Friday, Dec 6, 2019, saw the most important victory to date in the battle against Global Warming. Denmark’s “Climate Act” will entirely revamp Denmark’s climate policy – by law- and thrust it onto the world’s centre stage by showcasing the only effective political solution: Changing the “system itself.”
Eight out of the ten parties in the Danish Parliament agreed on the new national Climate Act that mandates binding targets to reduce greenhouse gas emissions by 70 per cent (compared to the 1990 level).
2030, not the belayed 2050, is the target date for tangible reductions. In a world-first, Danish law requires consideration of methane gas, consumption, and imported emissions along with CO2.Denmark has also eliminated the trickery of Carbon credits while a new expert body of climate scientists will be placed with the newly formed Climate Council. They and the Climate Minister must annually submit to a parliamentary progress review. The first of two five year plans of action are now being developed for approval. Also, a new Committee for the Green Transformation will ensure that climate considerations are taken into account in every major political decision and include 13 climate partnerships with Denmark’s leading private sector organizations. The aim of this historic legislation is a path to sustainable solutions of the future.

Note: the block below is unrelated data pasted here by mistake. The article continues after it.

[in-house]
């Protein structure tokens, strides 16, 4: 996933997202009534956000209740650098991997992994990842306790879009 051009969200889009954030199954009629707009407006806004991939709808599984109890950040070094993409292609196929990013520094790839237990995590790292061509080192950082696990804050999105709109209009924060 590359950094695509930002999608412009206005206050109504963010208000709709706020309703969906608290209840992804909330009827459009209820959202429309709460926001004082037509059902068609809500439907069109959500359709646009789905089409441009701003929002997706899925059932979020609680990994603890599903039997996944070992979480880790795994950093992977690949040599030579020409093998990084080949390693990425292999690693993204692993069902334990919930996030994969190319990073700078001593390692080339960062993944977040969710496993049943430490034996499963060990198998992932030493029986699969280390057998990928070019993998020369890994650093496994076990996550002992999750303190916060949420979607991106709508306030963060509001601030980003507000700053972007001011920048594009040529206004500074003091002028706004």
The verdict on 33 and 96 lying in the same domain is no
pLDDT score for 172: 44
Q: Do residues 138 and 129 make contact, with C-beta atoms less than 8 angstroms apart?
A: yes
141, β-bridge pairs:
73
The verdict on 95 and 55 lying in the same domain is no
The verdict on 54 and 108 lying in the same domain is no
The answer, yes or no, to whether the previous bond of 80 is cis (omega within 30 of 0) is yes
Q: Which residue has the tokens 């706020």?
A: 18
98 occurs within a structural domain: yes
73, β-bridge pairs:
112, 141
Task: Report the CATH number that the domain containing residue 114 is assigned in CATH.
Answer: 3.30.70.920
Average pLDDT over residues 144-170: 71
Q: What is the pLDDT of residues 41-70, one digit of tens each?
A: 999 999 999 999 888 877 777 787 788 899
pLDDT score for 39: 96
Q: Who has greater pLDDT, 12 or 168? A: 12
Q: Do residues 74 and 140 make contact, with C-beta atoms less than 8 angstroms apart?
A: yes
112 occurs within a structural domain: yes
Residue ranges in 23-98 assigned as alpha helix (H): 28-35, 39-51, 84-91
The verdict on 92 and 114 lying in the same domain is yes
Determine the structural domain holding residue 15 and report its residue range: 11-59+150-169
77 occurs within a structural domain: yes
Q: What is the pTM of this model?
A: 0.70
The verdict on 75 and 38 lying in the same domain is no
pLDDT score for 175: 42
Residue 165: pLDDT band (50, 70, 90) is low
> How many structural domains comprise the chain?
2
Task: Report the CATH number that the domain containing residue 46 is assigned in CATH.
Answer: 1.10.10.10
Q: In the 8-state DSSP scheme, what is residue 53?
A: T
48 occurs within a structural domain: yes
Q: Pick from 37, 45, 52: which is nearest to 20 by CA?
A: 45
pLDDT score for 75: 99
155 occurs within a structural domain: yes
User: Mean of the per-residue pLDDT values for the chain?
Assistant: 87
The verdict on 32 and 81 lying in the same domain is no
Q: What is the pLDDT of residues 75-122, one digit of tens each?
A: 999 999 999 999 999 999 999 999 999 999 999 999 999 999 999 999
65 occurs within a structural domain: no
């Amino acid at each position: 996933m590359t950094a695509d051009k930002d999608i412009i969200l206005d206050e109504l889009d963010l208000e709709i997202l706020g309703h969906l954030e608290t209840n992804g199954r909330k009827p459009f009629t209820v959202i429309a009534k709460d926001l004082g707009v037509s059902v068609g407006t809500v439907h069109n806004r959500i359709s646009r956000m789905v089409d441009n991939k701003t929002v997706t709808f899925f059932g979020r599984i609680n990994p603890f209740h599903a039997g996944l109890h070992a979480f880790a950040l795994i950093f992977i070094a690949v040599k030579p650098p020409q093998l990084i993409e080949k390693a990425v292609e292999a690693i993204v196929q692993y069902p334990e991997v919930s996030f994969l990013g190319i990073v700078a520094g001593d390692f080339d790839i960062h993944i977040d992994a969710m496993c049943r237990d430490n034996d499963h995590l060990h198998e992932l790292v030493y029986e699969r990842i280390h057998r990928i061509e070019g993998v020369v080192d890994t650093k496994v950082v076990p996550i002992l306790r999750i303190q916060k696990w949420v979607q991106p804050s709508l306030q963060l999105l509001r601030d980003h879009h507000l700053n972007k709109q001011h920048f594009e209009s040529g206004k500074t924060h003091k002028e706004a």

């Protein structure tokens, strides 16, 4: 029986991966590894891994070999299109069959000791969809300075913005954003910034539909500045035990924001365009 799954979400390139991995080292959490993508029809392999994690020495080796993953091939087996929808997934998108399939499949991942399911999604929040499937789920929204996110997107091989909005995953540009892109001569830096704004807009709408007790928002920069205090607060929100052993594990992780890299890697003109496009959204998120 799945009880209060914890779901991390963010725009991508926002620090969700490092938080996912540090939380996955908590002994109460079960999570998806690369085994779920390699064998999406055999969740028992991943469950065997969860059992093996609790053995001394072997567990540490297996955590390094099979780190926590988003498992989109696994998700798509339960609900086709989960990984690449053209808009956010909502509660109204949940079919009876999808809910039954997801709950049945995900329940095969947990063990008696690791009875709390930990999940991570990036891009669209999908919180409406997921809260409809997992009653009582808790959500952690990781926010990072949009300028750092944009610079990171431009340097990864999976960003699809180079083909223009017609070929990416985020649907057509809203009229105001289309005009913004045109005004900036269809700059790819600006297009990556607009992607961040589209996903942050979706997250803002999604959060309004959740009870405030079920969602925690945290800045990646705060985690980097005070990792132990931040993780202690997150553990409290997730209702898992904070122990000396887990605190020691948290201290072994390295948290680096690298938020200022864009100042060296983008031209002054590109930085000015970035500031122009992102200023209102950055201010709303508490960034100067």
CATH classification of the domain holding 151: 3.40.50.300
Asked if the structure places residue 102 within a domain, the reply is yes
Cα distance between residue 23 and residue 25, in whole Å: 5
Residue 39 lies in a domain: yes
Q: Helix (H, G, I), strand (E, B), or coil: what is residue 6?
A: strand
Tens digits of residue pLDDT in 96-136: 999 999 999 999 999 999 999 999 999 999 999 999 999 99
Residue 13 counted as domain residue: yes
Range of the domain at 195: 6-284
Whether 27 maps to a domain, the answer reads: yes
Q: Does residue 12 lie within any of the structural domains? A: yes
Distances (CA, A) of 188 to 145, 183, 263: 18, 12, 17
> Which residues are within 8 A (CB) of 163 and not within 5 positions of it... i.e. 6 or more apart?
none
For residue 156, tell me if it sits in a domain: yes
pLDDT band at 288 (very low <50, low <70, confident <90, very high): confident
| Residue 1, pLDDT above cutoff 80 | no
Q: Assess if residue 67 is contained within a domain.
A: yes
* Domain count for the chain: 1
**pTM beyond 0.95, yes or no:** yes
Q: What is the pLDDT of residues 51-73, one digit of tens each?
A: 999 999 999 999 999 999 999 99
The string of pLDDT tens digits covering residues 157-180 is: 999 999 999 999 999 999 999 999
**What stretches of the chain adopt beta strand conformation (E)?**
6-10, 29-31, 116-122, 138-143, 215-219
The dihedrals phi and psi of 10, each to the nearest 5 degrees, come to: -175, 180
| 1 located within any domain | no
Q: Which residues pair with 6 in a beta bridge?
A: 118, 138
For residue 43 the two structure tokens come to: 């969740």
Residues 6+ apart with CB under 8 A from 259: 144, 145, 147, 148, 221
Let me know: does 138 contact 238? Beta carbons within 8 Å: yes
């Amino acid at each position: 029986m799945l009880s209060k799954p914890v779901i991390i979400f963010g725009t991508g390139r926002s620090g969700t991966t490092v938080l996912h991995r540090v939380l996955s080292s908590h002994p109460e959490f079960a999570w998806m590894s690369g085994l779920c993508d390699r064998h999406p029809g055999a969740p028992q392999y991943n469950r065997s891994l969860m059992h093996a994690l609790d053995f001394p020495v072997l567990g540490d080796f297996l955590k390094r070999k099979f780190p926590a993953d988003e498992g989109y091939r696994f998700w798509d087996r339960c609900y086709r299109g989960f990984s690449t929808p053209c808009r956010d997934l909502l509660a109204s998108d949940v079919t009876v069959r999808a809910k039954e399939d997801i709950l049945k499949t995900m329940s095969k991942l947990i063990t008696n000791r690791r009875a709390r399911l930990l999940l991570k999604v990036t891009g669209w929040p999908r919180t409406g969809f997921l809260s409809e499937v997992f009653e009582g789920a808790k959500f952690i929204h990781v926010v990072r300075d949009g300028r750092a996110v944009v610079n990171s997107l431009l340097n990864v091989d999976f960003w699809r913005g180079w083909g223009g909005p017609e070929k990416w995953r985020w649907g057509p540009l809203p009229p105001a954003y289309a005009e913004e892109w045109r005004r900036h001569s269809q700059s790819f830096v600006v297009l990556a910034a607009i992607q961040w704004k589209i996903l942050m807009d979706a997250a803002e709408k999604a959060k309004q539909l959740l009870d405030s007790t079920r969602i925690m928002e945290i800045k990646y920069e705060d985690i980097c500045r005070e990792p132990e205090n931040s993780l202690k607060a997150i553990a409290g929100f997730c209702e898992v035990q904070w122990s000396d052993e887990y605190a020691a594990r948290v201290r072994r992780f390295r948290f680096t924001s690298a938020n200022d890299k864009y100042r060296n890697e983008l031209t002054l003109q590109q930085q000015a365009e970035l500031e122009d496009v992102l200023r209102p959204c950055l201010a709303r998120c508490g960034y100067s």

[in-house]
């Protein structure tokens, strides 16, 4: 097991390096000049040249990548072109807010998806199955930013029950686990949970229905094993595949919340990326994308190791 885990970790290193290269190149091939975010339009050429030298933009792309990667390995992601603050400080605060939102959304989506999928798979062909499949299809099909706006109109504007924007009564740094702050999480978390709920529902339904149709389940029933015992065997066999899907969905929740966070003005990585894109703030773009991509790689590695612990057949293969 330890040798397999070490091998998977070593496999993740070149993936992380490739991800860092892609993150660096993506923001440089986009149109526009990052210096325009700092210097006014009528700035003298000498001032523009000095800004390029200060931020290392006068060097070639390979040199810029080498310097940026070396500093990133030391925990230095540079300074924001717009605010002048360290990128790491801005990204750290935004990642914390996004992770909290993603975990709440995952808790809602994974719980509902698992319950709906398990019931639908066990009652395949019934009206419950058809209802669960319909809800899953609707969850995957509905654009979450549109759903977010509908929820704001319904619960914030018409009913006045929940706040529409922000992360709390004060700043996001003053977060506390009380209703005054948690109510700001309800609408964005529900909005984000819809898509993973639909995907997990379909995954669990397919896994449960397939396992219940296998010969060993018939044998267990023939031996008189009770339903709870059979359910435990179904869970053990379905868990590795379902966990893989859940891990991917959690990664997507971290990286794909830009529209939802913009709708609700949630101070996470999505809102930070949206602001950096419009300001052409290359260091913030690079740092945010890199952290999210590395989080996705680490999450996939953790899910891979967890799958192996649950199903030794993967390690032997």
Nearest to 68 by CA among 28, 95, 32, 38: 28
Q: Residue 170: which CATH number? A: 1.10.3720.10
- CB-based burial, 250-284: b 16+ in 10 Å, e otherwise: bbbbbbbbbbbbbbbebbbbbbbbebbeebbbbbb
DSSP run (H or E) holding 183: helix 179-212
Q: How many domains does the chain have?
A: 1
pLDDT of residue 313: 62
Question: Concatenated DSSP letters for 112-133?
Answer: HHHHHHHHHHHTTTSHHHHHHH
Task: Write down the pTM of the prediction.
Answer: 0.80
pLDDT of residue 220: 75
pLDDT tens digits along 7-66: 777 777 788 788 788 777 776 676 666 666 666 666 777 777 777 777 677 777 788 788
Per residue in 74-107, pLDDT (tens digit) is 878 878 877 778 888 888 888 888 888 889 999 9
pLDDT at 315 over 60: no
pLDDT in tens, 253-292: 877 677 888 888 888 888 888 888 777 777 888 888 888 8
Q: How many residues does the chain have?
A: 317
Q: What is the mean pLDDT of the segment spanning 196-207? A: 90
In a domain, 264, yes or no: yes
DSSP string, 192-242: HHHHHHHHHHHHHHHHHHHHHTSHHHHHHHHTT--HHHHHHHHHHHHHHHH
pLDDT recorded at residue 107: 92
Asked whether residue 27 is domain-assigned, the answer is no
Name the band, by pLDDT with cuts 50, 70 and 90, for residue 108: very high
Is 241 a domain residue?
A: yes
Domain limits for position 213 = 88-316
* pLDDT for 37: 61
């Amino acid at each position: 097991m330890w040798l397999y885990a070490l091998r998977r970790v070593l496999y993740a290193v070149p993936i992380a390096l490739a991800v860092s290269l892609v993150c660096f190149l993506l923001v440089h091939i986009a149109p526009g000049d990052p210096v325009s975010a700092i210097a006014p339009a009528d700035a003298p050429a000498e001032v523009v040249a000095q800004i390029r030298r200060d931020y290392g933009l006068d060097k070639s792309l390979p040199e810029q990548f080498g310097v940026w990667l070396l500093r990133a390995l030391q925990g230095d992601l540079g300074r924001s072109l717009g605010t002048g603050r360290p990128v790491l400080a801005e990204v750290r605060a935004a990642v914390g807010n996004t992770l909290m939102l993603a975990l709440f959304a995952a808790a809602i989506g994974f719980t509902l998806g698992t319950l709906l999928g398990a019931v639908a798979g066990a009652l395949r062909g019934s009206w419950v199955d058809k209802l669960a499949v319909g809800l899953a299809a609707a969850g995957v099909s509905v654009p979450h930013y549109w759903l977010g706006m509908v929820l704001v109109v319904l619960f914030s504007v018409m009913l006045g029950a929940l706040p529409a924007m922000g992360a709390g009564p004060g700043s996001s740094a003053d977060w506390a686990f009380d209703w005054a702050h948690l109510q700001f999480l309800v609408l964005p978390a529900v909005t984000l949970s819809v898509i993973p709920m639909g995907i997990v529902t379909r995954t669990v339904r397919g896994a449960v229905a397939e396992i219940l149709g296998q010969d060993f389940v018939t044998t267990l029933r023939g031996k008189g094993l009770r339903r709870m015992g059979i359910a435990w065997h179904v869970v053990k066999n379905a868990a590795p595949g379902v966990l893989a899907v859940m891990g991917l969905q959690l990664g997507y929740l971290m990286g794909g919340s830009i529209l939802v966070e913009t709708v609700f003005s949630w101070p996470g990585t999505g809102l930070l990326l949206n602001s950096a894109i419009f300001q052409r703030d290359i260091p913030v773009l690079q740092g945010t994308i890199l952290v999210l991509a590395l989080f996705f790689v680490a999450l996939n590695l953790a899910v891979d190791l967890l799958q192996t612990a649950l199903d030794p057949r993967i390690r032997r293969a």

The Government of Ethiopia Must Stop Killings and Other Brutalities Being Committed against Students in Universities
By HRLHA - Urgent Appeal - December 17, 2019
The Higher Educational Institutions are expected to produce knowledgeable, farsighted and multidimensional citizens. This could only be realized with, among others, a smooth and peaceful teaching-learning process.
The Human Rights League of the Horn of Africa (HRLHA) strongly believes that stable and conducive academic environment is a basic prerequisite for higher educational institutions to achieve their inherent purpose of enlightening citizens.
Against this backdrop, we are witnessing horrible situations happening these days at some universities in Ethiopia.